Throwing Standard Exception Types in .NET

Application code must differentiate between exceptions caused by null/non-null arguments. This post shows you how to raise such exceptions.

Exceptions can be thrown either by the runtime or the application code. This can be caused by bad code, or by bad user input that has not been accounted for in the application's code. When any of these errors occur, the system catches the error and raises an exception.

The process of generating and signaling the error is referred to as throwing an exception. This is done using the throw keyword followed by a new instance of a class derived from System.Exception . There are standard exception types provided by the .NET framework that you can use rather than creating a custom exception.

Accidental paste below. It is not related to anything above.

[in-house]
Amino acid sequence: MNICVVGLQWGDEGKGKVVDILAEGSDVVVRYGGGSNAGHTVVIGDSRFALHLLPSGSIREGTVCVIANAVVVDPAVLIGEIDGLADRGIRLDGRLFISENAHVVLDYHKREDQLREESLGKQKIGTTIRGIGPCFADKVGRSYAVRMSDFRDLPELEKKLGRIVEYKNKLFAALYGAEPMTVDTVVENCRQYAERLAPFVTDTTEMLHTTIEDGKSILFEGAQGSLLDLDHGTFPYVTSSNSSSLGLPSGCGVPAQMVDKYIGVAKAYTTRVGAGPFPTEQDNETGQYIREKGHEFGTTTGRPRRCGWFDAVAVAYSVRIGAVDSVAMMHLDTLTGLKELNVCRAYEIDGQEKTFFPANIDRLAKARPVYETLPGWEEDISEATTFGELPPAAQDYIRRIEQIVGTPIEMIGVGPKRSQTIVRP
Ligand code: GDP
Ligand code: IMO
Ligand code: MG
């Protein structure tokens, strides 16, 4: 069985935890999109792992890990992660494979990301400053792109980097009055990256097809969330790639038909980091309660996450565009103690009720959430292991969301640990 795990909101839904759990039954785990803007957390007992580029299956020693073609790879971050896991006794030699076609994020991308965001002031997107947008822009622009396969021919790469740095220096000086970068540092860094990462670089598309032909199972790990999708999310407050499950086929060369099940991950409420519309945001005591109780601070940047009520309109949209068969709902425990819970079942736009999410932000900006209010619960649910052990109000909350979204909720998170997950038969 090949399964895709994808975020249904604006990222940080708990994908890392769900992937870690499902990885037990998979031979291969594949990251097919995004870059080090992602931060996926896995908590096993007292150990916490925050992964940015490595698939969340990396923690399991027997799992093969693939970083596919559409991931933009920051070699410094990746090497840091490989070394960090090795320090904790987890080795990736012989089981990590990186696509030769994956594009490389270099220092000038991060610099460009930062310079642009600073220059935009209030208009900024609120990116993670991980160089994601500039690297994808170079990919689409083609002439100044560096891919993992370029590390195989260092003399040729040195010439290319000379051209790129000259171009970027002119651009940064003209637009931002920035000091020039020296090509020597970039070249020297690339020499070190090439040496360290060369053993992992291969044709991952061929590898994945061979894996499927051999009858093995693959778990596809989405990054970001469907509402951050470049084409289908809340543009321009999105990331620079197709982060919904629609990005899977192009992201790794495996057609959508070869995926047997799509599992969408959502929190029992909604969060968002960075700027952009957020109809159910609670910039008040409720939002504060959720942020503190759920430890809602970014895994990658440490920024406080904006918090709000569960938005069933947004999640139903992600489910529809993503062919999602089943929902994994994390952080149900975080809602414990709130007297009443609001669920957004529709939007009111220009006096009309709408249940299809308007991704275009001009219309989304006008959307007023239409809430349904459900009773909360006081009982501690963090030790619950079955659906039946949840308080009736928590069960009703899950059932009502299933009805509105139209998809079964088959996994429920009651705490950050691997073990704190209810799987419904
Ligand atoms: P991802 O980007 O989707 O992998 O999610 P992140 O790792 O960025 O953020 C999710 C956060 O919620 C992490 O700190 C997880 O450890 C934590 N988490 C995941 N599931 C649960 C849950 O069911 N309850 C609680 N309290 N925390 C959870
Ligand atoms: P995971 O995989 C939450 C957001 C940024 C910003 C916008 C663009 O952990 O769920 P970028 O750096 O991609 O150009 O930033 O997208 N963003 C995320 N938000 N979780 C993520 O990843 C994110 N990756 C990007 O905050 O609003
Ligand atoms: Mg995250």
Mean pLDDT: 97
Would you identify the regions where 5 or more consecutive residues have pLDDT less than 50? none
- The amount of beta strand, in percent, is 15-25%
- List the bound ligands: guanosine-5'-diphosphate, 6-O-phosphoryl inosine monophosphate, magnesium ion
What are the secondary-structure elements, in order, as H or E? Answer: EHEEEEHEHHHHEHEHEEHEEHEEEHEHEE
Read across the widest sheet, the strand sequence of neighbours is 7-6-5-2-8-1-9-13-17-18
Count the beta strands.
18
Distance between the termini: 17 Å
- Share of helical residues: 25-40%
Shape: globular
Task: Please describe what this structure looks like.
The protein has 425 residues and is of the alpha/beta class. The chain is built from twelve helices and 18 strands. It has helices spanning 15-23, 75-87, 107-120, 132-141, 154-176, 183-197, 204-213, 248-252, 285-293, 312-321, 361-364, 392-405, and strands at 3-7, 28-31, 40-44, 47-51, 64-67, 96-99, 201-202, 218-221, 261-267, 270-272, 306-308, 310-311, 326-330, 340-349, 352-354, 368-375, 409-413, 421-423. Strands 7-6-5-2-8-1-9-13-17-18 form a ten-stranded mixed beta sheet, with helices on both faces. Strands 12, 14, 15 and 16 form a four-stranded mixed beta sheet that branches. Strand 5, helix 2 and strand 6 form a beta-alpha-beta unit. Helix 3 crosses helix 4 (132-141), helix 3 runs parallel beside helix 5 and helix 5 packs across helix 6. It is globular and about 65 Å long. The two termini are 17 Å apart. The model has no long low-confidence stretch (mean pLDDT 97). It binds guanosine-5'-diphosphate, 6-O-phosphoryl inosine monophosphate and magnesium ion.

In this post, I'll show you how to use the ArgumentNullException and ArgumentOutOfRangeException types, which are some of the standard exceptions in the framework.

Throwing ArgumentOutOfRangeException

The ArgumentOutOfRangeException exception can be thrown when the argument passed to a method is not null and contains a value that is not within the set of expected values. This exception type has the properties ParamName and ActualValue , which help us understand the cause of the exception. The ParamName property identifies the parameter name of the invalid argument, and the ActualValue property identifies the invalid value if a value is present.

The ArgumentOutOfRangeException exception would normally result from developer error, and if the value of the argument is returned by a method call or input from the user before being passed to the method that throws the exception, you should validate arguments before passing them to the method.